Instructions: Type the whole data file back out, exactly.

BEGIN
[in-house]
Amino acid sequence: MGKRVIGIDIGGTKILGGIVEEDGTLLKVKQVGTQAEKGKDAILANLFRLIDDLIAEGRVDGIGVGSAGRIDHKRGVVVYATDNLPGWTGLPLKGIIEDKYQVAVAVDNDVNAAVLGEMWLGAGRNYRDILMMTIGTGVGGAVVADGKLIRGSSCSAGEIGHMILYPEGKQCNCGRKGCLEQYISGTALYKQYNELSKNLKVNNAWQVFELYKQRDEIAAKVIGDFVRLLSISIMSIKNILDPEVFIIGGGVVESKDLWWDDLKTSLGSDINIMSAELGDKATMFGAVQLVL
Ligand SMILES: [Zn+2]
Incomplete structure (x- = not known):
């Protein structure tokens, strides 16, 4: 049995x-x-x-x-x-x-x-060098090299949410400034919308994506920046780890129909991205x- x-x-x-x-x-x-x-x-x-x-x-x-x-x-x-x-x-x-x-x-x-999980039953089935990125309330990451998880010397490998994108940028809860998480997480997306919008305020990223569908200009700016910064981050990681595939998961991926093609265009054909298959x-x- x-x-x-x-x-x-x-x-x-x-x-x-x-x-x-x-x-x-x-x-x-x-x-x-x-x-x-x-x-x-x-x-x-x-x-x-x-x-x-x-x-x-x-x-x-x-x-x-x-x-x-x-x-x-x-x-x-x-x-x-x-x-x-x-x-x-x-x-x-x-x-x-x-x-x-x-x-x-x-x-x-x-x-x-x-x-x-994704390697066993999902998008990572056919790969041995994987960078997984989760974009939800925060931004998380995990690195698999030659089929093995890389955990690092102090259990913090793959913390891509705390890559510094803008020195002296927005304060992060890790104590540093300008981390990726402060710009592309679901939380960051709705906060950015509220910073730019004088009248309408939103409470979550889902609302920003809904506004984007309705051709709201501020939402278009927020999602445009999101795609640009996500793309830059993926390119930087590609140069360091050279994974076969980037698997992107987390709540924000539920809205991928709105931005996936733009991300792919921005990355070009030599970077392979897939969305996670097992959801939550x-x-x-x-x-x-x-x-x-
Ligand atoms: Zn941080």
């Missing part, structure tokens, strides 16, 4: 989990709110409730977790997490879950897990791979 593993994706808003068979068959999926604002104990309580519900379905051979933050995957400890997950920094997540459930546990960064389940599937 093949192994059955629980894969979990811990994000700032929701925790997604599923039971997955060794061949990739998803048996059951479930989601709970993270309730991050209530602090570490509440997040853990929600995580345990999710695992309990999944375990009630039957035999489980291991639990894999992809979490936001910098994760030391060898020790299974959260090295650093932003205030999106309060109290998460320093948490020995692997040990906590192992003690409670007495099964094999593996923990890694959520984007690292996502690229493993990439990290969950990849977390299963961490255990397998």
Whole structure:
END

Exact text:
[in-house]
Amino acid sequence: MGKRVIGIDIGGTKILGGIVEEDGTLLKVKQVGTQAEKGKDAILANLFRLIDDLIAEGRVDGIGVGSAGRIDHKRGVVVYATDNLPGWTGLPLKGIIEDKYQVAVAVDNDVNAAVLGEMWLGAGRNYRDILMMTIGTGVGGAVVADGKLIRGSSCSAGEIGHMILYPEGKQCNCGRKGCLEQYISGTALYKQYNELSKNLKVNNAWQVFELYKQRDEIAAKVIGDFVRLLSISIMSIKNILDPEVFIIGGGVVESKDLWWDDLKTSLGSDINIMSAELGDKATMFGAVQLVL
Ligand SMILES: [Zn+2]
Incomplete structure (x- = not known):
């Protein structure tokens, strides 16, 4: 049995x-x-x-x-x-x-x-060098090299949410400034919308994506920046780890129909991205x- x-x-x-x-x-x-x-x-x-x-x-x-x-x-x-x-x-x-x-x-x-999980039953089935990125309330990451998880010397490998994108940028809860998480997480997306919008305020990223569908200009700016910064981050990681595939998961991926093609265009054909298959x-x- x-x-x-x-x-x-x-x-x-x-x-x-x-x-x-x-x-x-x-x-x-x-x-x-x-x-x-x-x-x-x-x-x-x-x-x-x-x-x-x-x-x-x-x-x-x-x-x-x-x-x-x-x-x-x-x-x-x-x-x-x-x-x-x-x-x-x-x-x-x-x-x-x-x-x-x-x-x-x-x-x-x-x-x-x-x-x-994704390697066993999902998008990572056919790969041995994987960078997984989760974009939800925060931004998380995990690195698999030659089929093995890389955990690092102090259990913090793959913390891509705390890559510094803008020195002296927005304060992060890790104590540093300008981390990726402060710009592309679901939380960051709705906060950015509220910073730019004088009248309408939103409470979550889902609302920003809904506004984007309705051709709201501020939402278009927020999602445009999101795609640009996500793309830059993926390119930087590609140069360091050279994974076969980037698997992107987390709540924000539920809205991928709105931005996936733009991300792919921005990355070009030599970077392979897939969305996670097992959801939550x-x-x-x-x-x-x-x-x-
Ligand atoms: Zn941080």
């Missing part, structure tokens, strides 16, 4: 989990709110409730977790997490879950897990791979 593993994706808003068979068959999926604002104990309580519900379905051979933050995957400890997950920094997540459930546990960064389940599937 093949192994059955629980894969979990811990994000700032929701925790997604599923039971997955060794061949990739998803048996059951479930989601709970993270309730991050209530602090570490509440997040853990929600995580345990999710695992309990999944375990009630039957035999489980291991639990894999992809979490936001910098994760030391060898020790299974959260090295650093932003205030999106309060109290998460320093948490020995692997040990906590192992003690409670007495099964094999593996923990890694959520984007690292996502690229493993990439990290969950990849977390299963961490255990397998």
Whole structure: